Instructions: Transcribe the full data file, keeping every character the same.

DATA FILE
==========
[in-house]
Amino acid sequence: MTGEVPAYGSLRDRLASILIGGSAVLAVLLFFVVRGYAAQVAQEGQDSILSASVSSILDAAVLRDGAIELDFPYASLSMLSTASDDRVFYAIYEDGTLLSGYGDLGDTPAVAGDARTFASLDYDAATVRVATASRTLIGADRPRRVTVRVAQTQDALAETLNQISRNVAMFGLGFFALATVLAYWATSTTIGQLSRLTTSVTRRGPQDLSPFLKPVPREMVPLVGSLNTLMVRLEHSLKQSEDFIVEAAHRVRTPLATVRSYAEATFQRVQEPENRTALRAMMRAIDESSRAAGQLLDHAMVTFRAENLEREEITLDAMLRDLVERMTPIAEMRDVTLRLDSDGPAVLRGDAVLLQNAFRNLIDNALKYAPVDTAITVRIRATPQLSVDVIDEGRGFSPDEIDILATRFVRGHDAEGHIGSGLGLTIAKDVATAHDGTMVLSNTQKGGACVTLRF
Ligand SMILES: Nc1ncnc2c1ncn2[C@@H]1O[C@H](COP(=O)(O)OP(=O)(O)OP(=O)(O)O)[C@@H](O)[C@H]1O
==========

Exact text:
[in-house]
Amino acid sequence: MTGEVPAYGSLRDRLASILIGGSAVLAVLLFFVVRGYAAQVAQEGQDSILSASVSSILDAAVLRDGAIELDFPYASLSMLSTASDDRVFYAIYEDGTLLSGYGDLGDTPAVAGDARTFASLDYDAATVRVATASRTLIGADRPRRVTVRVAQTQDALAETLNQISRNVAMFGLGFFALATVLAYWATSTTIGQLSRLTTSVTRRGPQDLSPFLKPVPREMVPLVGSLNTLMVRLEHSLKQSEDFIVEAAHRVRTPLATVRSYAEATFQRVQEPENRTALRAMMRAIDESSRAAGQLLDHAMVTFRAENLEREEITLDAMLRDLVERMTPIAEMRDVTLRLDSDGPAVLRGDAVLLQNAFRNLIDNALKYAPVDTAITVRIRATPQLSVDVIDEGRGFSPDEIDILATRFVRGHDAEGHIGSGLGLTIAKDVATAHDGTMVLSNTQKGGACVTLRF
Ligand SMILES: Nc1ncnc2c1ncn2[C@@H]1O[C@H](COP(=O)(O)OP(=O)(O)OP(=O)(O)O)[C@@H](O)[C@H]1O